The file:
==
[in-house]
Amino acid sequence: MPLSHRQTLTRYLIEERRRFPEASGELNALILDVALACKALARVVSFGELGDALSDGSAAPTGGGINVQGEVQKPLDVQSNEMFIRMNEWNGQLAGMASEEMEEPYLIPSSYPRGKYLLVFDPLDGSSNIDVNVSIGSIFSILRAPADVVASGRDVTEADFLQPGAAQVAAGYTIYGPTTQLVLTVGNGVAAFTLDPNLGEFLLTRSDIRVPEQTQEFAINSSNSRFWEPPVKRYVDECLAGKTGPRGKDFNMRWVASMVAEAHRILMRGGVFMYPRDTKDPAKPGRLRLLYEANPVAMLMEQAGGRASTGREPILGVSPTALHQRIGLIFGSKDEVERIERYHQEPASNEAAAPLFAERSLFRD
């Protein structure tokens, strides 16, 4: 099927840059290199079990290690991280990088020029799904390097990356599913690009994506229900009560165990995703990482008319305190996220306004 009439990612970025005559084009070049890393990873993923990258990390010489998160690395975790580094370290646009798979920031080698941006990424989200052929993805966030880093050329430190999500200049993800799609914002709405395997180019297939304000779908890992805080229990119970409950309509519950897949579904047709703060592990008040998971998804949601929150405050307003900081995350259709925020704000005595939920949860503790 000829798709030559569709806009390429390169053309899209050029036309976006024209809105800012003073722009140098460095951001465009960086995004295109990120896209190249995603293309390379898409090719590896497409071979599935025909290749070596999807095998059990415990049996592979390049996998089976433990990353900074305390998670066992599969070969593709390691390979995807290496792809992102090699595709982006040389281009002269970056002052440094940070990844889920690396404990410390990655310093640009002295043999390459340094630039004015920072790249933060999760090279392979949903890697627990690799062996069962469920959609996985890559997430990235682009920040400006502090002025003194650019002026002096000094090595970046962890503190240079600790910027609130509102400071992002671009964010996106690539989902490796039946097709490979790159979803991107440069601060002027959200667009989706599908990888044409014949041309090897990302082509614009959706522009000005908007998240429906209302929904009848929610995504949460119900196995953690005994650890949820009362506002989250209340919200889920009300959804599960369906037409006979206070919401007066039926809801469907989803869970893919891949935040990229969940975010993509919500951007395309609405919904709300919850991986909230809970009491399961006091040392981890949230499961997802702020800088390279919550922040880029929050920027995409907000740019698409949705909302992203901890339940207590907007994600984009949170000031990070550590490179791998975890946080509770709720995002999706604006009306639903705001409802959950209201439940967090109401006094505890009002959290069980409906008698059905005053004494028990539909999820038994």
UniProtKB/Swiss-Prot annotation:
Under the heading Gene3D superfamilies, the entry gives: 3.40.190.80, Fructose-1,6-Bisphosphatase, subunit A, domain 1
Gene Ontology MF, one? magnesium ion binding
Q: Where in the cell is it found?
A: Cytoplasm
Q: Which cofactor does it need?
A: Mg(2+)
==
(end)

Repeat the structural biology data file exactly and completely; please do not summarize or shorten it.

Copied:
[in-house]
Amino acid sequence: MPLSHRQTLTRYLIEERRRFPEASGELNALILDVALACKALARVVSFGELGDALSDGSAAPTGGGINVQGEVQKPLDVQSNEMFIRMNEWNGQLAGMASEEMEEPYLIPSSYPRGKYLLVFDPLDGSSNIDVNVSIGSIFSILRAPADVVASGRDVTEADFLQPGAAQVAAGYTIYGPTTQLVLTVGNGVAAFTLDPNLGEFLLTRSDIRVPEQTQEFAINSSNSRFWEPPVKRYVDECLAGKTGPRGKDFNMRWVASMVAEAHRILMRGGVFMYPRDTKDPAKPGRLRLLYEANPVAMLMEQAGGRASTGREPILGVSPTALHQRIGLIFGSKDEVERIERYHQEPASNEAAAPLFAERSLFRD
């Protein structure tokens, strides 16, 4: 099927840059290199079990290690991280990088020029799904390097990356599913690009994506229900009560165990995703990482008319305190996220306004 009439990612970025005559084009070049890393990873993923990258990390010489998160690395975790580094370290646009798979920031080698941006990424989200052929993805966030880093050329430190999500200049993800799609914002709405395997180019297939304000779908890992805080229990119970409950309509519950897949579904047709703060592990008040998971998804949601929150405050307003900081995350259709925020704000005595939920949860503790 000829798709030559569709806009390429390169053309899209050029036309976006024209809105800012003073722009140098460095951001465009960086995004295109990120896209190249995603293309390379898409090719590896497409071979599935025909290749070596999807095998059990415990049996592979390049996998089976433990990353900074305390998670066992599969070969593709390691390979995807290496792809992102090699595709982006040389281009002269970056002052440094940070990844889920690396404990410390990655310093640009002295043999390459340094630039004015920072790249933060999760090279392979949903890697627990690799062996069962469920959609996985890559997430990235682009920040400006502090002025003194650019002026002096000094090595970046962890503190240079600790910027609130509102400071992002671009964010996106690539989902490796039946097709490979790159979803991107440069601060002027959200667009989706599908990888044409014949041309090897990302082509614009959706522009000005908007998240429906209302929904009848929610995504949460119900196995953690005994650890949820009362506002989250209340919200889920009300959804599960369906037409006979206070919401007066039926809801469907989803869970893919891949935040990229969940975010993509919500951007395309609405919904709300919850991986909230809970009491399961006091040392981890949230499961997802702020800088390279919550922040880029929050920027995409907000740019698409949705909302992203901890339940207590907007994600984009949170000031990070550590490179791998975890946080509770709720995002999706604006009306639903705001409802959950209201439940967090109401006094505890009002959290069980409906008698059905005053004494028990539909999820038994």
UniProtKB/Swiss-Prot annotation:
Under the heading Gene3D superfamilies, the entry gives: 3.40.190.80, Fructose-1,6-Bisphosphatase, subunit A, domain 1
Gene Ontology MF, one? magnesium ion binding
Q: Where in the cell is it found?
A: Cytoplasm
Q: Which cofactor does it need?
A: Mg(2+)